Joseph Wilson David

The game known in the United States as football evolved into its current form from rugby and soccer (“soccer” is still called “football” in most countries outside North America) in the nineteenth century. The Intercollegiate Football Association (IFA) was founded in 1876 to organize this new game. Rules for the precursor to the modern game were developed by the twenty-year-old Walter Camp at Yale University in 1879.

Camp codified innovations begun earlier in the century when William Ebb Ellis playing soccer violated the rule against running with the ball The modern sport of football in the United States is a game that features eleven players on each side of the ball with the team on offense seeking to move the ball ten yards on each play or down which begins with the snap of the ball Failing to gain ten yards in four downs means turning the ball ...


Patrick Stearns

professional boxer, actor, product spokesperson, and minister. George Edward Foreman was born in Marshall, Texas, to J. D. Foreman and Nancy Foreman. By the seventh grade he had dropped out of school, engaging in petty crimes, such as muggings. At age sixteen he enrolled in a Job Corps training program in Oregon. While working at a conservation camp affiliated with the program, Foreman found that he had a talent for boxing, and he won the Corps Diamond Belt Boxing Tournament.

In 1968 Foreman made the U.S. Olympic boxing team and won the gold medal in the Olympic Games in Mexico City. Vietnam War protests, the rise of black nationalism, and episodes of civil unrest in U.S. cities after Dr. Martin Luther King Jr.'s assassination earlier in the year were a sign of the times. The 1968 Olympics in Mexico City were also the scene ...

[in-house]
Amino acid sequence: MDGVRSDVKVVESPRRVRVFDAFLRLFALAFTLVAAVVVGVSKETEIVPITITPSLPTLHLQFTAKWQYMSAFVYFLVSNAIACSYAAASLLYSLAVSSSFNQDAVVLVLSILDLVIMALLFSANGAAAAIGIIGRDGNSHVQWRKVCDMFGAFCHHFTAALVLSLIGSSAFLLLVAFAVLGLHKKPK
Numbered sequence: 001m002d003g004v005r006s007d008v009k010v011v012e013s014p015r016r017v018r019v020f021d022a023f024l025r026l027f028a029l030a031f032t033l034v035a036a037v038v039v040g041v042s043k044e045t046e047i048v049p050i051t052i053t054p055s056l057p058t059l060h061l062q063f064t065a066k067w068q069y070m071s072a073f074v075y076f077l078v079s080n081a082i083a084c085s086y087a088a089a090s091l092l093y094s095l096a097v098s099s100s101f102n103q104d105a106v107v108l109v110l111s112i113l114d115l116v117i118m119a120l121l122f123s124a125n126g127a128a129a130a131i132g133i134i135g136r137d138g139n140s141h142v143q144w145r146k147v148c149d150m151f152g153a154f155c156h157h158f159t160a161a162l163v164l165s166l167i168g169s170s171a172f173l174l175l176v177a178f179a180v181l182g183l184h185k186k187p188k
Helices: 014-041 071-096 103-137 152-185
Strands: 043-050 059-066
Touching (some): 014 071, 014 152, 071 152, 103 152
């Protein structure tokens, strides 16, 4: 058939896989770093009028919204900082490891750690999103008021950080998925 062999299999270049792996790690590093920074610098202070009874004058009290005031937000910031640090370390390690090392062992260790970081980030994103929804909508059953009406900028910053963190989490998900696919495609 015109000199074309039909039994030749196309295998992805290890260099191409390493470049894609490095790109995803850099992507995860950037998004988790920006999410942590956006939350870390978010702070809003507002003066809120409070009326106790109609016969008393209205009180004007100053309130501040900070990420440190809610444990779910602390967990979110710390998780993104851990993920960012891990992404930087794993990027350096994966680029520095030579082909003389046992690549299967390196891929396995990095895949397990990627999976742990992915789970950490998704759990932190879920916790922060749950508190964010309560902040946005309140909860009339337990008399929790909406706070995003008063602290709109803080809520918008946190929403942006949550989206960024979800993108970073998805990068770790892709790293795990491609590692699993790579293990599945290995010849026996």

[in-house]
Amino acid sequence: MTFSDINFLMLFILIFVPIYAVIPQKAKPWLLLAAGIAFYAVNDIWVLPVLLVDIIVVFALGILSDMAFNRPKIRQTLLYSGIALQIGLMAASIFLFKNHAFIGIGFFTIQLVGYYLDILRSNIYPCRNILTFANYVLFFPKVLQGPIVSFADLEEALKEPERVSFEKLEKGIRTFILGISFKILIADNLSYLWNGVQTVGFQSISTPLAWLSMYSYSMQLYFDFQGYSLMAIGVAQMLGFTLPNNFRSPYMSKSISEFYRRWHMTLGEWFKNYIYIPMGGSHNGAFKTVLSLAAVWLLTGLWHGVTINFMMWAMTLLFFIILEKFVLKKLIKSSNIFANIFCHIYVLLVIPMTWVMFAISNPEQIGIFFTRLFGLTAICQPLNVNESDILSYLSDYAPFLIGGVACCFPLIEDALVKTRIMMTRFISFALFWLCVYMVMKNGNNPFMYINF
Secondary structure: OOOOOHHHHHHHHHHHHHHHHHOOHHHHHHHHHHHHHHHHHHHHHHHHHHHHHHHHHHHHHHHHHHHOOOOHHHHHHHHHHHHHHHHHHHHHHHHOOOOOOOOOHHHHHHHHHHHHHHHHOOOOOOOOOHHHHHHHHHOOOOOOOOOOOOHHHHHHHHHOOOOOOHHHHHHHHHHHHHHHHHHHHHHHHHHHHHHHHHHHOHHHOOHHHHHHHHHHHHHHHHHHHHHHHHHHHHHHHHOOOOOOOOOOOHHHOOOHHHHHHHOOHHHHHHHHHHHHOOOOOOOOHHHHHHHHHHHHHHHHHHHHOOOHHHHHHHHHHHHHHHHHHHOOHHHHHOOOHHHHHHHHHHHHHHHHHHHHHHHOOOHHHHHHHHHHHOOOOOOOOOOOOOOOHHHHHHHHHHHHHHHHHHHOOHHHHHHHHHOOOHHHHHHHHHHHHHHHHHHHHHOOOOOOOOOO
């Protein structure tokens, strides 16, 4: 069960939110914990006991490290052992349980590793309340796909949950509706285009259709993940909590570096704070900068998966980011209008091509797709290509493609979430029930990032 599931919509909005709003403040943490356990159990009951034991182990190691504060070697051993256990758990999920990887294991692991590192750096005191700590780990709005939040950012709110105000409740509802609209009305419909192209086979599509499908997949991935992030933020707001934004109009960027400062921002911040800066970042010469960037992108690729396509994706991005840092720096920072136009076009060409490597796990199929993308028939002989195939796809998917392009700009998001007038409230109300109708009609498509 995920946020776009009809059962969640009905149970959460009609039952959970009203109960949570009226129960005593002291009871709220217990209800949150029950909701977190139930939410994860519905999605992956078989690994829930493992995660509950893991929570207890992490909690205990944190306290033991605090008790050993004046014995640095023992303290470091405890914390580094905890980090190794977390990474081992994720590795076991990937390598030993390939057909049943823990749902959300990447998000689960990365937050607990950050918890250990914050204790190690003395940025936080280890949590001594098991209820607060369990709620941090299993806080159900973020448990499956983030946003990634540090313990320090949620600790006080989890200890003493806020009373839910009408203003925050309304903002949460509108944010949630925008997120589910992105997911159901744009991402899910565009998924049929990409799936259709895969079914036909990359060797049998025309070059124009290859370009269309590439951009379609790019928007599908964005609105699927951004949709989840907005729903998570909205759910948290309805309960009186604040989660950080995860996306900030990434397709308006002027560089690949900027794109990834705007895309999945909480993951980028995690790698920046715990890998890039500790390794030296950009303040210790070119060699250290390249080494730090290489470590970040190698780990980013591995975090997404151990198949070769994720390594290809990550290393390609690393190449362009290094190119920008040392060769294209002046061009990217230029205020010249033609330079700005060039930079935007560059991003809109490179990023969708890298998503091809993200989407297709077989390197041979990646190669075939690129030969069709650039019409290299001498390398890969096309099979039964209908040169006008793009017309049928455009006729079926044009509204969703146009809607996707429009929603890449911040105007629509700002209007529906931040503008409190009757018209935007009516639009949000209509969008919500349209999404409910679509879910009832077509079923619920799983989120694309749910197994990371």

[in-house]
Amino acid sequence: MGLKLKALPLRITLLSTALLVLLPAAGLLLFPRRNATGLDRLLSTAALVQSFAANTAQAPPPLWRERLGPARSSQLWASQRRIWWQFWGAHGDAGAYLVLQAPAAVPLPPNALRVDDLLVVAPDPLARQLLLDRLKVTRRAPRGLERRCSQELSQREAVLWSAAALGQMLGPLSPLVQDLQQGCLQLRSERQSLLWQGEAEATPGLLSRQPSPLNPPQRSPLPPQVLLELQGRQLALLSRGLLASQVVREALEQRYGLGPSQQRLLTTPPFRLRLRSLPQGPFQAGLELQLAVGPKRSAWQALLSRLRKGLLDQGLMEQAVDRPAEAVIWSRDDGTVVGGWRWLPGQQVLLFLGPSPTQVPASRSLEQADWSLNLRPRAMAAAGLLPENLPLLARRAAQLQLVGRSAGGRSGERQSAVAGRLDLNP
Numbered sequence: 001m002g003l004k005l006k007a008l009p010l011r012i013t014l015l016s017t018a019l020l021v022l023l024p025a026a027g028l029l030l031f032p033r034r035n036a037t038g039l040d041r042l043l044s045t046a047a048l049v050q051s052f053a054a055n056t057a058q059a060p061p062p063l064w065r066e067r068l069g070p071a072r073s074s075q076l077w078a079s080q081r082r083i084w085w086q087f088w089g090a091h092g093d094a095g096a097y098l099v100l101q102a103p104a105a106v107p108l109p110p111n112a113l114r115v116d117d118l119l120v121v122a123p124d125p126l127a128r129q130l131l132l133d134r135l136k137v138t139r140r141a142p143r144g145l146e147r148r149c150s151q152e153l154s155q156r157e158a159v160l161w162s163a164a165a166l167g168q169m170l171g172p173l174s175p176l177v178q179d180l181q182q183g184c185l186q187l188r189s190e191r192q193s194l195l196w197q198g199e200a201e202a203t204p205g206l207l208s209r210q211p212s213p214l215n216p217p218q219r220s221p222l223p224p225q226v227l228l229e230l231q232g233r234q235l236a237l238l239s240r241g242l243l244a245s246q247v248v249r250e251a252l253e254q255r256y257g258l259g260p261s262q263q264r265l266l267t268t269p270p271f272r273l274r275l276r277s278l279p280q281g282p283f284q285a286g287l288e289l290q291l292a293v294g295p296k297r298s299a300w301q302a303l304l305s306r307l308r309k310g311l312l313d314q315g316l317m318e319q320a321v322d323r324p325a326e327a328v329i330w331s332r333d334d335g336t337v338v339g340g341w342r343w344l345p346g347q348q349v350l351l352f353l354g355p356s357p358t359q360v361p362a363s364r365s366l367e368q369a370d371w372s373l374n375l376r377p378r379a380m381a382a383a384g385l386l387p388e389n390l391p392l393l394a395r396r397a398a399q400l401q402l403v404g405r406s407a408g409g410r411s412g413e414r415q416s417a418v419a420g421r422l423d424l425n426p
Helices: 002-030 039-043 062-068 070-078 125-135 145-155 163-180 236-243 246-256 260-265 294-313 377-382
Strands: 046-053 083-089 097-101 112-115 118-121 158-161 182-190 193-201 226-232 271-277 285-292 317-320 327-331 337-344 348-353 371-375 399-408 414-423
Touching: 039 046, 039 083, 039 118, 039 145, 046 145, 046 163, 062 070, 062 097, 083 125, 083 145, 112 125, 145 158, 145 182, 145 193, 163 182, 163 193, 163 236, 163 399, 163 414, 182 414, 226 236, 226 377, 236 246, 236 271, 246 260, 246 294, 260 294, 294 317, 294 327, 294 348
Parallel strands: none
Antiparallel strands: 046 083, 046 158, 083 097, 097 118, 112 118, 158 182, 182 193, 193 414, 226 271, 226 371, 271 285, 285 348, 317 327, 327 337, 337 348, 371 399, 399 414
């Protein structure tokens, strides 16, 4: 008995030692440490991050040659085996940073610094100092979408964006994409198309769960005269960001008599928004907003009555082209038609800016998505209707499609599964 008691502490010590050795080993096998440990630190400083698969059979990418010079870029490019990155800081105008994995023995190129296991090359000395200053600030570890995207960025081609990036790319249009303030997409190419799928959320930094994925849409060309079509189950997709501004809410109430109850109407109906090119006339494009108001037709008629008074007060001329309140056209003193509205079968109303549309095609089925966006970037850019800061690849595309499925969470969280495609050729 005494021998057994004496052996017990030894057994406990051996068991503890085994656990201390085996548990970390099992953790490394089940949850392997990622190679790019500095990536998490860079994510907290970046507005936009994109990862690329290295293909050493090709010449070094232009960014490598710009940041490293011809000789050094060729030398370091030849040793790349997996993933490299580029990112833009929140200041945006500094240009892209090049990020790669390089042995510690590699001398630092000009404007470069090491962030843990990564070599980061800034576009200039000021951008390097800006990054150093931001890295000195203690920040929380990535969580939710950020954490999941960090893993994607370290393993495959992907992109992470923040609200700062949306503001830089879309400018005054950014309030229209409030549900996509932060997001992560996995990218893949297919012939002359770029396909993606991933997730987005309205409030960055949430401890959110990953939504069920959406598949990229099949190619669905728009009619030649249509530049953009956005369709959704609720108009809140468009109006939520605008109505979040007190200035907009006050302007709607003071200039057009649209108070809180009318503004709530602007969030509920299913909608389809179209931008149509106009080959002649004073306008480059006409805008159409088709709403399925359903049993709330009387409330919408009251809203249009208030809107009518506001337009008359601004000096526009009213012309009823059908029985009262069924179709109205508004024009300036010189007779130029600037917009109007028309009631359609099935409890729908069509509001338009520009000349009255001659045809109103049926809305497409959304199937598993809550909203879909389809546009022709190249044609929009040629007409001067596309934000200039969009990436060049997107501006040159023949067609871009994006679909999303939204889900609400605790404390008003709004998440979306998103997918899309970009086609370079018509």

Kate Tuttle

Frankie Fredericks was a talented athlete as a youth, but he never expected to be in the Olympic Games. Until 1990 his country, Namibia, was a colony of South Africa, which had been banned from Olympic competition because of its policy of Apartheid. Yet Fredericks, who has become one of the world’s premiere sprinters, has brought four Olympic medals home to Namibia.

An only child, Fredericks was raised by his mother in Katutura township, just outside the Namibian capital, Windhoek His mother worked several jobs to send Fredericks to private schools where he excelled in both soccer and academics In high school he started running track specializing in sprinting He won both the 100 and 200 meter races in the South African school championships his senior year After graduating Fredericks passed up several college scholarship offers to accept a management training position with the Rossing Uranium ...


Edward Morrow

Edward Orval Gourdin was born on August 10, 1897, in Jacksonville, Florida, the son of Walter Holmes and Felicia Garvin Gourdin. As a child, Gourdin demonstrated such athletic and scholarly excellence that his family sacrificed and took him to Massachusetts to realize his potential. He prepared at Stanton and Cambridge Latin high schools for Harvard College and graduated in 1921 with a B.A. degree; he completed Harvard Law School in 1924 with an LL.B. degree. On May 10, 1923, he married Amalia Ponce of Cambridge, Massachusetts, who became the mother of their four children: Elizabeth, Ann Robinson, Amalia Lindal, and Edward O., Jr.

Gourdin gained fame as an athlete during his college and university career, passed the bar, practiced law in Boston, Massachusetts, and joined the National Guard in 1925. During World War II he served as lieutenant colonel and later ...